The 'hadas' is identified as the Myrtus communis - the common myrtle. 

The leaves of the common myrtle are used at the Feast of Tabernacles (Sukkot) as one of the four species which were ‘waved’ before the Lord.

Common myrtle


The common myrtle at Neot Kedumim Biblical Landscape Reserve Israel. 

The common myrtle is an evergreen shrub or small tree, which grows to around five metres tall. Its leaves are between three to five centimetres long and it produces a fragrant oil. Its flower is star shaped with five petals and sepals which are usually white and it has numerous stamens. The plant produces a round blue-black berry.

The common myrtle is widespread throughout the Mediterranean region. 

As stated already, it is used as one of the four varieties in the festival of Sukkot. Although not specifically mentioned, it is thought that the hadas were the "leafy branches" which are referred to in the following passage: "​
So beginning with the fifteenth day of the seventh month, after you have gathered the crops of the land, celebrate the festival to the Lord for seven days; the first day is a day of rest, and the eighth day also is a day of rest. On the first day you are to take choice fruit from the trees, and palm fronds, leafy branches and aravi (willows), and rejoice before the Lord your God for seven days." (Leviticus 23:39-40).

The hadas was one of the plants that were used to make the booths during the same festival, that of Sukkot: "...and that they should proclaim this word and spread it throughout their towns and in Jerusalem: 'Go out into the hill country and bring back branches from olive and wild olive trees, and from hadas (myrtles), palms and shade trees, to make booths' - as it is written." (Nehemiah 8:15)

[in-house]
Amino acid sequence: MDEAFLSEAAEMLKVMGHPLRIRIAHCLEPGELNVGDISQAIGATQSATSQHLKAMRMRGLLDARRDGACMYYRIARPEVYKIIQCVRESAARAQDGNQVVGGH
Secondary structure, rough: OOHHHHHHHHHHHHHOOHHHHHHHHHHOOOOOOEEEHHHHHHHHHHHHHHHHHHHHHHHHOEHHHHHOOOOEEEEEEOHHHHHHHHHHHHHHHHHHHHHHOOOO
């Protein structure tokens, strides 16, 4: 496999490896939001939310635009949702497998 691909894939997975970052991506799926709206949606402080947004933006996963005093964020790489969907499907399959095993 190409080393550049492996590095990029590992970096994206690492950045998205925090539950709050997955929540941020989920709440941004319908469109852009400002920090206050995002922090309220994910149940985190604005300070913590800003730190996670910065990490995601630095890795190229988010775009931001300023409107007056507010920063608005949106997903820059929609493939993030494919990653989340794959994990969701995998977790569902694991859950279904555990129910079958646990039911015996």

The hadas was also mentioned in the promises made by God through the prophet Isaiah: "I will make rivers flow on barren heights, and springs within the valleys. I will turn the desert into pools of water, and the parched ground into springs. I will put in the desert the cedar (erez) and the acacia (shittah), the hadas (myrtle) and the olive (ets shemen). I will set pines (berosh) in the wasteland, the fir (tidhar) and the cypress (te’ashur) together." (Isaiah 41:18-19)


"You will go out in joy
and be led forth in peace;
the mountains and hills
will burst into song before you,
and all the trees of the field
will clap their hands.
Instead of the thorn bush (na’atsuts) will grow the pine tree (berosh)
and instead of briers (sirpad) the hadas (myrtle) will grow." (Isaiah 55:12-13)

The hadas is mentioned in the vision of the man on a red horse, which was made by the prophet Zechariah: "During the night I had a vision - and there before me was a man riding a red horse! He was standing among the hadas (myrtle) trees in a ravine. Behind him were red, brown and white horses. I asked, 'What are these, my lord?' The angel who was talking with me answered, 'I will show you what they are.' Then the man standing among the hadas (myrtle) trees explained, 'They are the ones the Lord has sent to go throughout the earth.' And they reported to the angel of the Lord, who was standing among the hadas (myrtle) trees, 'We have gone throughout the earth and found the whole world at rest and in peace.'" (Zechariah 1:8–11)

This is an edited excerpt from Alvin Johnson's iBook 'Biblical Flora', 2017. The book is available for free download on iTunes. A teacher's edition is also available for purchase.